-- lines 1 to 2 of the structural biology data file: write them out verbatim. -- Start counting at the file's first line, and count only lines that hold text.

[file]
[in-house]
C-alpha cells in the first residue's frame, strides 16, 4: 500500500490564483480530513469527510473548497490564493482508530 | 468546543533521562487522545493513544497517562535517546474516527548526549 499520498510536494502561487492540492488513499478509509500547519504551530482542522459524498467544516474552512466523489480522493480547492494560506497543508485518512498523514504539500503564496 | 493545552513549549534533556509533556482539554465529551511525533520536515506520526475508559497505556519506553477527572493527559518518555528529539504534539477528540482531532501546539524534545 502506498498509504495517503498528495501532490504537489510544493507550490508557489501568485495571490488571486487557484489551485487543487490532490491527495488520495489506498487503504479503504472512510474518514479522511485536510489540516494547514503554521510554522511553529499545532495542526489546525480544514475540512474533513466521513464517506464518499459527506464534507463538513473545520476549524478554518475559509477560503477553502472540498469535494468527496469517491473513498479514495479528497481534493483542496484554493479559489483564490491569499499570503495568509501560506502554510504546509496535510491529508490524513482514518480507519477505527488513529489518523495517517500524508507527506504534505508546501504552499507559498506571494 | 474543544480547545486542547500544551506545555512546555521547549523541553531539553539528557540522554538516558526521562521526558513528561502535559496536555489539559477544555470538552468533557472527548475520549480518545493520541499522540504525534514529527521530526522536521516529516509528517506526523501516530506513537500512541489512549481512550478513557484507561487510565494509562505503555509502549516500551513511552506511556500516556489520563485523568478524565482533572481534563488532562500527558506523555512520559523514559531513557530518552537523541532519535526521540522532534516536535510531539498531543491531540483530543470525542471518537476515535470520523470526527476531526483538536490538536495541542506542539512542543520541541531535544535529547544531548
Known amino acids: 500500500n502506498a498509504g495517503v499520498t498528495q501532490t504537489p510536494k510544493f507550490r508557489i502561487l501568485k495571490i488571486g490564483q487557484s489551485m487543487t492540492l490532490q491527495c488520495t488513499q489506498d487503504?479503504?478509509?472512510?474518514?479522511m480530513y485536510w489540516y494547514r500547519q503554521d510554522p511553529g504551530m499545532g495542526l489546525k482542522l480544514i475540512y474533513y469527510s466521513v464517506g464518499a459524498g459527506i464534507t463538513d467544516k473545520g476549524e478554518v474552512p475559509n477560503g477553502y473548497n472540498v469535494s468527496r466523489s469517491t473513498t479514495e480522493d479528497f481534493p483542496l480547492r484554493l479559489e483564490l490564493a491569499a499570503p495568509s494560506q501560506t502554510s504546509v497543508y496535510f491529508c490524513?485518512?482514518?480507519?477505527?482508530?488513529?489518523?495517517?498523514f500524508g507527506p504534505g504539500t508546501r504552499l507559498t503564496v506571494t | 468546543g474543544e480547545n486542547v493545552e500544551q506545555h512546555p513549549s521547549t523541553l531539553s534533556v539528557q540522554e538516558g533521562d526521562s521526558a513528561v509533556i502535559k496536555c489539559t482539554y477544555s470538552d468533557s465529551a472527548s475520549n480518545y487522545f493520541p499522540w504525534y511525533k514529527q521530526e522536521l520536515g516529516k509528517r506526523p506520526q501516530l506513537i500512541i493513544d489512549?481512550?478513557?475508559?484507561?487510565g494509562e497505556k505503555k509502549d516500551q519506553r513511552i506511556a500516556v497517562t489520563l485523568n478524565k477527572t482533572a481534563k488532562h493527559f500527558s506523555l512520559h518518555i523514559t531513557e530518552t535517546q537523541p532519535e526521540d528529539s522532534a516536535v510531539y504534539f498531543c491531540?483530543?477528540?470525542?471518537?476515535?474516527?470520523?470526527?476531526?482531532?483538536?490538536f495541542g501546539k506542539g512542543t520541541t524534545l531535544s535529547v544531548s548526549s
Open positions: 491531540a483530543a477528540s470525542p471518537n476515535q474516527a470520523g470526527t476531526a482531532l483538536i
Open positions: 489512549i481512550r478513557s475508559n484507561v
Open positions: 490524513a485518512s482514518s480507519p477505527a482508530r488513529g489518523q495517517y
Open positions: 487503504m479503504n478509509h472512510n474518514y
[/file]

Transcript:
[in-house]
C-alpha cells in the first residue's frame, strides 16, 4: 500500500490564483480530513469527510473548497490564493482508530 | 468546543533521562487522545493513544497517562535517546474516527548526549 499520498510536494502561487492540492488513499478509509500547519504551530482542522459524498467544516474552512466523489480522493480547492494560506497543508485518512498523514504539500503564496 | 493545552513549549534533556509533556482539554465529551511525533520536515506520526475508559497505556519506553477527572493527559518518555528529539504534539477528540482531532501546539524534545 502506498498509504495517503498528495501532490504537489510544493507550490508557489501568485495571490488571486487557484489551485487543487490532490491527495488520495489506498487503504479503504472512510474518514479522511485536510489540516494547514503554521510554522511553529499545532495542526489546525480544514475540512474533513466521513464517506464518499459527506464534507463538513473545520476549524478554518475559509477560503477553502472540498469535494468527496469517491473513498479514495479528497481534493483542496484554493479559489483564490491569499499570503495568509501560506502554510504546509496535510491529508490524513482514518480507519477505527488513529489518523495517517500524508507527506504534505508546501504552499507559498506571494 | 474543544480547545486542547500544551506545555512546555521547549523541553531539553539528557540522554538516558526521562521526558513528561502535559496536555489539559477544555470538552468533557472527548475520549480518545493520541499522540504525534514529527521530526522536521516529516509528517506526523501516530506513537500512541489512549481512550478513557484507561487510565494509562505503555509502549516500551513511552506511556500516556489520563485523568478524565482533572481534563488532562500527558506523555512520559523514559531513557530518552537523541532519535526521540522532534516536535510531539498531543491531540483530543470525542471518537476515535470520523470526527476531526483538536490538536495541542506542539512542543520541541531535544535529547544531548